diff mbox

[v7,0/3] y2038: Linux: Introduce __clock_settime64 function

Message ID CAKmqyKP=kmeJjcsDepetvsVrph3xJ7G8yQdNFNyX-wL2ZMtqmA@mail.gmail.com
State New
Headers show

Commit Message

Alistair Francis Sept. 16, 2019, 10:45 p.m. UTC
On Fri, Sep 6, 2019 at 2:28 PM Joseph Myers <joseph@codesourcery.com> wrote:
>
> On Fri, 6 Sep 2019, Alistair Francis wrote:
>
> > Which I can fix with this diff:
>
> This diff is not the right way to fix this build failure.
>
> One of the design principles in the Y2038 support is that is __TIMESIZE ==
> 64, the time functions *aren't* trivial wrappers of time64 functions;
> rather, the time64 function definitions are remapped (via macros) so they
> define the function name with no "64".  For each case where there is a
> pair of functions (for different time_t types) in the __TIMESIZE == 32
> case, there should just be the one function when __TIMESIZE == 64.
>
> This ensures that the Y2038 changes don't add any overhead at all in the
> glibc binaries on existing platforms with __TIMESIZE == 64.
>
> You should look at exactly what the types in question are, that are being
> reported as conflicting in your build (probably by looking at preprocessed
> source).  __timespec64 and timespec are supposed to be the same type (via
> #define) when __TIMESIZE == 64, to avoid such incompatibilities.

Looking at the place where the__timespec64 is defined they aren't the
same for __TIMESIZE == 64 on a 32-bit system.

The code is below:

#if __WORDSIZE == 64 \
  || (defined __SYSCALL_WORDSIZE && __SYSCALL_WORDSIZE == 64)
# define __timespec64 timespec
#else
/* The glibc Y2038-proof struct __timespec64 structure for a time value.
   To keep things Posix-ish, we keep the nanoseconds field a 32-bit
   signed long, but since the Linux field is a 64-bit signed int, we
   pad our tv_nsec with a 32-bit int.

   As a general rule the Linux kernel is ignoring upper 32 bits of
   tv_nsec field.  */
struct __timespec64
{
  __time64_t tv_sec;         /* Seconds */
# if BYTE_ORDER == BIG_ENDIAN
  __int32_t tv_pad;          /* Padding */
  __int32_t tv_nsec;         /* Nanoseconds */
# else
  __int32_t tv_nsec;         /* Nanoseconds */
  __int32_t tv_pad;          /* Padding */
# endif
};
#endif

So looking at that with __TIMESIZE == 64 but __WORDSIZE == 32 (as on
RV32) we will specify a __timespec64 struct that is different to the
timespec struct.

Would the correct fix be to add __TIMESIZE == 64 to the #if mentioned above?

This diff fixes the build for me:

 /* The glibc Y2038-proof struct __timespec64 structure for a time value.

Alistair

>
> --
> Joseph S. Myers
> joseph@codesourcery.com

Comments

Joseph Myers Sept. 17, 2019, 12:44 a.m. UTC | #1
On Mon, 16 Sep 2019, Alistair Francis wrote:

> Would the correct fix be to add __TIMESIZE == 64 to the #if mentioned above?

Those other conditions imply __TIMESIZE == 64.  So replacing the existing 
conditions by __TIMESIZE == 64 might be correct, but not adding it while 
leaving the existing (then redundant) conditions there as well.

I think you should replace the conditional by __TIMESIZE == 64 (if that 
works), which I think should be safe for the reasons explained below.  
There is a possibility that we end up needing two different internal names 
instead of the present one, but I don't think that should block changing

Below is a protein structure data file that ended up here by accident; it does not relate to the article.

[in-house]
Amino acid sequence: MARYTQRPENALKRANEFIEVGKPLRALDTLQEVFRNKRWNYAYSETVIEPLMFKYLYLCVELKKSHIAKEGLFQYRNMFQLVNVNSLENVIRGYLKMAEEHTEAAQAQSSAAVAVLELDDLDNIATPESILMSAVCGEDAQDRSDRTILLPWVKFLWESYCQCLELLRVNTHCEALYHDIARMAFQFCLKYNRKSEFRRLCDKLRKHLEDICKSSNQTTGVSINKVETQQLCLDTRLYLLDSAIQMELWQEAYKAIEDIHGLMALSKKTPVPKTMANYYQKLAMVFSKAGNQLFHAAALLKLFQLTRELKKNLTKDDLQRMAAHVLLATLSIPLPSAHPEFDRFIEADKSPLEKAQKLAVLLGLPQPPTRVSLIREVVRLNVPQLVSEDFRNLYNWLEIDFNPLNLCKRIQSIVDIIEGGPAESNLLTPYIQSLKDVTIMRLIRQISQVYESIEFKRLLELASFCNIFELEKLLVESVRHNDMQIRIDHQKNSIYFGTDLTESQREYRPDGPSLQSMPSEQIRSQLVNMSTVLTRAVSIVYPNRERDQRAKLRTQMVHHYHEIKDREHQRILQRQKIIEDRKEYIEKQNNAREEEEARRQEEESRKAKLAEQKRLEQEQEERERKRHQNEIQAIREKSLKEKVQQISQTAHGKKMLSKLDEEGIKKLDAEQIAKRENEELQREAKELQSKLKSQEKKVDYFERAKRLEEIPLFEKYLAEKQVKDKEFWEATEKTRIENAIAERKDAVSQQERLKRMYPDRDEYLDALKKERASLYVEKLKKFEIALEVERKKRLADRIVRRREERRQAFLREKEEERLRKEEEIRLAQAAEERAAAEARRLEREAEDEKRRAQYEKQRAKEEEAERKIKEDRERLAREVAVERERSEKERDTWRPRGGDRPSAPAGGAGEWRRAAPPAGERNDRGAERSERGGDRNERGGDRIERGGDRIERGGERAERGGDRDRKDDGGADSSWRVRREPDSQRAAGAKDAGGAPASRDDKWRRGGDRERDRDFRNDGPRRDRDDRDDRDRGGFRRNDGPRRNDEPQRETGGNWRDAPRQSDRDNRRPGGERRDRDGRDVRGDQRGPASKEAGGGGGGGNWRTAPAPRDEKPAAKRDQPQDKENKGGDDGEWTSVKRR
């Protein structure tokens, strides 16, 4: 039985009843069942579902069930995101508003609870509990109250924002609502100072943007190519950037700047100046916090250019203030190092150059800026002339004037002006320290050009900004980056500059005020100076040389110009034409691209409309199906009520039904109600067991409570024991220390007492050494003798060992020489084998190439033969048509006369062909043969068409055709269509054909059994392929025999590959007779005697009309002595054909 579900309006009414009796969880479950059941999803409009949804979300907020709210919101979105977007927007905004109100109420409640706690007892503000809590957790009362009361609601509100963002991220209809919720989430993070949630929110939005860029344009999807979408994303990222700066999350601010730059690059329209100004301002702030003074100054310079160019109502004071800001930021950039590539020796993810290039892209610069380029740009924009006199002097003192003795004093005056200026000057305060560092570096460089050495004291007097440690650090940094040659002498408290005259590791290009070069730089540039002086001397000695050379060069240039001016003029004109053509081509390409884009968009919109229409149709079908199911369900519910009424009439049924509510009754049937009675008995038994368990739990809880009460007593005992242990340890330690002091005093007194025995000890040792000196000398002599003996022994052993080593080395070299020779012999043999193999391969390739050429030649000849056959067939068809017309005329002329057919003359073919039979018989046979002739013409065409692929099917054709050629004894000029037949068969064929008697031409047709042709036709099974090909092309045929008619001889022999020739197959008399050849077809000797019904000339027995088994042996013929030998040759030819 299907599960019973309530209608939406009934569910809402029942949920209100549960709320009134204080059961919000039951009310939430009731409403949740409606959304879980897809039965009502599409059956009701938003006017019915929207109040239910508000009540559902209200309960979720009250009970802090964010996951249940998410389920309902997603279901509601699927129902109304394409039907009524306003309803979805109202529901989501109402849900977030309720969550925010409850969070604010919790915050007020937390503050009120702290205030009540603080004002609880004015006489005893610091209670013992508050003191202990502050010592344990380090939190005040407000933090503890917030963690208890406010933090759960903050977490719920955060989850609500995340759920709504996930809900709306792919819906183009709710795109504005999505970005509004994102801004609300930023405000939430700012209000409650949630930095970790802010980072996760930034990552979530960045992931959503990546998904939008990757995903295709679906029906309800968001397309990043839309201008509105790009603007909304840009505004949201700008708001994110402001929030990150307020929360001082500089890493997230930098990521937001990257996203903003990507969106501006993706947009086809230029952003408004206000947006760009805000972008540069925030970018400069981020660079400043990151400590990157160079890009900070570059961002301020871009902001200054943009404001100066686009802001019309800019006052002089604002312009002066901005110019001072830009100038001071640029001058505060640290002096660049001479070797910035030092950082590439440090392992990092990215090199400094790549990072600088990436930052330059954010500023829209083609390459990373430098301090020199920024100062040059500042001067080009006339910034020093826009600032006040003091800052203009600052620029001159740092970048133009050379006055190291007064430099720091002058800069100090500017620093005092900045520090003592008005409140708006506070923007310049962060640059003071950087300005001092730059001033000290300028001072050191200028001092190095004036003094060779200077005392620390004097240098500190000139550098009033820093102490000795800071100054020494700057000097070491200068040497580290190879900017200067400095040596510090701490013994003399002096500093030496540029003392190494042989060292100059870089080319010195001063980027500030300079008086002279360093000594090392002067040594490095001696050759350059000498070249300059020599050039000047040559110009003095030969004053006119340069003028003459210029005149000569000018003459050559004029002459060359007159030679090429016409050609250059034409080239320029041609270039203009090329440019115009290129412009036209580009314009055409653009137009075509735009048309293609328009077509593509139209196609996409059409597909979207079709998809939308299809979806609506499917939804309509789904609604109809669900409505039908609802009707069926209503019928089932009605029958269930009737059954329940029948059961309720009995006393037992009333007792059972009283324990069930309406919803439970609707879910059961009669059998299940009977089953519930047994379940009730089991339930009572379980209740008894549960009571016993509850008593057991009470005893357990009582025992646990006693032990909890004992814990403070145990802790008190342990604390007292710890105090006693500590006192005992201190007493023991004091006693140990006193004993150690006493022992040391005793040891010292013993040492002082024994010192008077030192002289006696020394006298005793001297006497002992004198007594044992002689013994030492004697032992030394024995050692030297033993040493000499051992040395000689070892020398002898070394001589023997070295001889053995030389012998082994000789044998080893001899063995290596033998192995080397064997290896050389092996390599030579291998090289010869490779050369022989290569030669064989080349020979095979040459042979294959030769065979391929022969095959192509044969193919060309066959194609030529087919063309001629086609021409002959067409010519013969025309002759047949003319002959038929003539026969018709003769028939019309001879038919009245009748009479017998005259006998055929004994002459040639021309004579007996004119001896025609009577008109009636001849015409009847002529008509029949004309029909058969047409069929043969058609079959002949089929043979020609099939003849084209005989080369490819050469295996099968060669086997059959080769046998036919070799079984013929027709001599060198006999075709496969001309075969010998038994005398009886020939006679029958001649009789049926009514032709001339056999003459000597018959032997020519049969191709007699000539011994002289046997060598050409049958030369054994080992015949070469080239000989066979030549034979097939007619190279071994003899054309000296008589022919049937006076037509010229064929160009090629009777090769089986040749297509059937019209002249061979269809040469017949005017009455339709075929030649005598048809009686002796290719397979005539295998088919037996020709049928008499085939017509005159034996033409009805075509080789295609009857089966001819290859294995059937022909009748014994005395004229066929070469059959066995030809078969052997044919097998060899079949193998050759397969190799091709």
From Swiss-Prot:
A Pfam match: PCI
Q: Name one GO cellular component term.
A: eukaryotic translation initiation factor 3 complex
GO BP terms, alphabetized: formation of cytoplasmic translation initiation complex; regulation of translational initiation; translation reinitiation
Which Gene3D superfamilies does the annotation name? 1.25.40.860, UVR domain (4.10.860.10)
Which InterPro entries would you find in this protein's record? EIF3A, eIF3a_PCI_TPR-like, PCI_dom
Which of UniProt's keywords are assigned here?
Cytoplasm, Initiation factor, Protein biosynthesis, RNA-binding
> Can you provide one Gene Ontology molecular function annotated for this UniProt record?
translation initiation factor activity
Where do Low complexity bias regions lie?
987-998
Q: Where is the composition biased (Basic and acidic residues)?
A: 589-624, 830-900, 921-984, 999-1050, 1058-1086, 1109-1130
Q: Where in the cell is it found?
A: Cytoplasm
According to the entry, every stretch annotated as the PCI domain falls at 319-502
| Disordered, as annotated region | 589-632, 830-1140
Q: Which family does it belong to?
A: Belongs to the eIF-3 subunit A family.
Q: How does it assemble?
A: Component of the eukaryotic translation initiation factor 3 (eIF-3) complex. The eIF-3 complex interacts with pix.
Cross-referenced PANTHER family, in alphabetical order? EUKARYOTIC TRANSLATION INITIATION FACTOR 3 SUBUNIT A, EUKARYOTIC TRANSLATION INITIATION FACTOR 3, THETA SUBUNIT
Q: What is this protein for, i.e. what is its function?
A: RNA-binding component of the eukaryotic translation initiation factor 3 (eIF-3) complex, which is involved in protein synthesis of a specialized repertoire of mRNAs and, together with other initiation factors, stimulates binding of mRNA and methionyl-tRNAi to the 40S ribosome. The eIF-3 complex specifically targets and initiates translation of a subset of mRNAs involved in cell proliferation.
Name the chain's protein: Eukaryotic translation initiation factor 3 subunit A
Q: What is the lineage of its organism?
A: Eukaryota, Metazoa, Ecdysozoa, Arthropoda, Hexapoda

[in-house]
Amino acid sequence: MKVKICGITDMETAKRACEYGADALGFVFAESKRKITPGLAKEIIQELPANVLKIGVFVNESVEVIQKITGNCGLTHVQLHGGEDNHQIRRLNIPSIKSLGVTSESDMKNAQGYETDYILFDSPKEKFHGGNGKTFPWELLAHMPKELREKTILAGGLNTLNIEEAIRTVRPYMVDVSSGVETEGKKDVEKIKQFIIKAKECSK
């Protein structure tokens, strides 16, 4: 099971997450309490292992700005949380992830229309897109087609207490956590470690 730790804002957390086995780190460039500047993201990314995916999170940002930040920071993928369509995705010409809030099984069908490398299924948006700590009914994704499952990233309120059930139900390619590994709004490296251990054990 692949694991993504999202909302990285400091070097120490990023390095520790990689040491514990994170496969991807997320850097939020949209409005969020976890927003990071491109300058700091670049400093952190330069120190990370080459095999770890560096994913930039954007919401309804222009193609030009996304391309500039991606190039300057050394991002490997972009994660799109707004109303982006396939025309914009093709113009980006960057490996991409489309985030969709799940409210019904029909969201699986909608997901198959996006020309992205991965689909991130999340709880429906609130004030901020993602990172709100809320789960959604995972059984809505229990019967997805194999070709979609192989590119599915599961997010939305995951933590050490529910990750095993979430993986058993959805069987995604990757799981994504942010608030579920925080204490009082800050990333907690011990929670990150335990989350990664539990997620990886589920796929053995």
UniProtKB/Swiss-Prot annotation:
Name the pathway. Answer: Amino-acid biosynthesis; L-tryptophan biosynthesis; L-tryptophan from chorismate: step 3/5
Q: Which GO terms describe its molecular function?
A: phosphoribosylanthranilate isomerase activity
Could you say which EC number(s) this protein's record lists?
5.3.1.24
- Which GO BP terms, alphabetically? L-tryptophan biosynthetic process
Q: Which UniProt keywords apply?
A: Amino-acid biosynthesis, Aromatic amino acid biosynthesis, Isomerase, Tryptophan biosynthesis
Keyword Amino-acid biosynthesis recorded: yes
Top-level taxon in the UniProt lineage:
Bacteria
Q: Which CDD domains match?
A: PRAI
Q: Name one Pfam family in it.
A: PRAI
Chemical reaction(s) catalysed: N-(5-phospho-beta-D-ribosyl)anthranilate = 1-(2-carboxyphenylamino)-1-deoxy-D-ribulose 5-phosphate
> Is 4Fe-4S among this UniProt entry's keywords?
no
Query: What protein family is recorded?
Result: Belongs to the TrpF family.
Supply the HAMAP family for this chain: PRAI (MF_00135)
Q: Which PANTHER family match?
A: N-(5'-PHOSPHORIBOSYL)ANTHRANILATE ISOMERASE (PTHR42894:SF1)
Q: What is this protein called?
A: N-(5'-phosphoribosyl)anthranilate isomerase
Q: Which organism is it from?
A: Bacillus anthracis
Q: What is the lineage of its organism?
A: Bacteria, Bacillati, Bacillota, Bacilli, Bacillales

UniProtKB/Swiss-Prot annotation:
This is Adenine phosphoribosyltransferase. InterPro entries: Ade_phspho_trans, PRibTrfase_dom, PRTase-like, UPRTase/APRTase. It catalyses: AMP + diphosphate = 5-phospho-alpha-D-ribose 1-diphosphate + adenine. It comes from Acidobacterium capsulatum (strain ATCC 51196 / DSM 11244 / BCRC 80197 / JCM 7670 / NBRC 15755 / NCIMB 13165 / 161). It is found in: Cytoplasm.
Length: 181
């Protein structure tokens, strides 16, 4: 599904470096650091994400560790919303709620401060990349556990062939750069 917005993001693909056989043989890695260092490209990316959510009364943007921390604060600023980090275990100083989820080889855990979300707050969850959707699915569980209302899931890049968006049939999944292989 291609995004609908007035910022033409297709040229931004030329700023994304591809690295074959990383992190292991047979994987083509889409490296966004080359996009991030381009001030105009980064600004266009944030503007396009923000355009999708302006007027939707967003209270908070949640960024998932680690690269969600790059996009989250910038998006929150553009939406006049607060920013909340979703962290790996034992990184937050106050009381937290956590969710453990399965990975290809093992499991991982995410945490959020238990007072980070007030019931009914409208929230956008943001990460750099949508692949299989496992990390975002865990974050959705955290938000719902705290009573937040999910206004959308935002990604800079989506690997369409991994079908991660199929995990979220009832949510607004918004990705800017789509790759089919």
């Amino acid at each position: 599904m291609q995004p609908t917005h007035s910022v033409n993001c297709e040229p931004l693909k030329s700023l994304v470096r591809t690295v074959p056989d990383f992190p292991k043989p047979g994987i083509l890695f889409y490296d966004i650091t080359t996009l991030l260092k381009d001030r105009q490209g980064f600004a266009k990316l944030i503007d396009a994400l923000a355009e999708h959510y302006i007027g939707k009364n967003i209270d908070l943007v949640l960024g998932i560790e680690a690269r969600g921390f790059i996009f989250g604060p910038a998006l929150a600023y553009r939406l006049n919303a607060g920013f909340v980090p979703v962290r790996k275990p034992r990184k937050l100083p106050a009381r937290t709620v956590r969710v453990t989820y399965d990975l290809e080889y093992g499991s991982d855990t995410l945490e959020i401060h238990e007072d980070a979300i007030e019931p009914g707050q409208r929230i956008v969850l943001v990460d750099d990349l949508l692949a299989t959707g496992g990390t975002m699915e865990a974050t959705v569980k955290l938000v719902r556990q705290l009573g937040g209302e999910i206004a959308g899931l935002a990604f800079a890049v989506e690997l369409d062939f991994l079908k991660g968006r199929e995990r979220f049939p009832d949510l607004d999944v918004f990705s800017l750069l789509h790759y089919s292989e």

the conditional at this point to make further progress unless that causes 
problems with the existing patches on existing configurations.

The design for defining 64-bit-time functions with *64 names and then 
remapping those names to the public ones via #define if __TIMESIZE == 64 
implies that the type used in declaring / defining *64 functions needs to 
be mapped to struct timespec if __TIMESIZE == 64.

But if you need to set padding explicitly to zero when passing 64-bit 
timespecs into the kernel (the case of kernels 5.1.0 through 5.1.4, on 
32-bit architectures for which those kernel versions had a corresponding 
64-bit architecture with compat syscall support), you then need a type 
with named padding (whereas the public struct timespec needs to have an 
unnamed bit-field for the padding to stay compatible with existing sources 
with { tv_sec, tv_nsec } initializers).

So this links into what things should look like at the API level inside 
glibc for dealing with zeroing padding, if we do that at all.  However, 
unless we fix x32 to use "long int" for tv_nsec we don't need to deal with 
zeroing padding for any existing system with __TIMESIZE == 64 (and I don't 
think it's likely to be relevant for future 32-bit ports that use 
__TIMESIZE == 64 either, because the kernel issue is only for compat 
syscalls for 32-bit binaries under 64-bit kernels, which I don't think are 
relevant to any 32-bit architectures supported in 5.1 kernels but not yet 
in glibc).
Lukasz Majewski Sept. 17, 2019, 10:11 a.m. UTC | #2
Hi Alistair, Joseph,

> On Fri, Sep 6, 2019 at 2:28 PM Joseph Myers <joseph@codesourcery.com>
> wrote:
> >
> > On Fri, 6 Sep 2019, Alistair Francis wrote:
> >  
> > > Which I can fix with this diff:  
> >
> > This diff is not the right way to fix this build failure.
> >
> > One of the design principles in the Y2038 support is that is
> > __TIMESIZE == 64, the time functions *aren't* trivial wrappers of
> > time64 functions; rather, the time64 function definitions are
> > remapped (via macros) so they define the function name with no
> > "64".  For each case where there is a pair of functions (for
> > different time_t types) in the __TIMESIZE == 32 case, there should
> > just be the one function when __TIMESIZE == 64.
> >
> > This ensures that the Y2038 changes don't add any overhead at all
> > in the glibc binaries on existing platforms with __TIMESIZE == 64.
> >
> > You should look at exactly what the types in question are, that are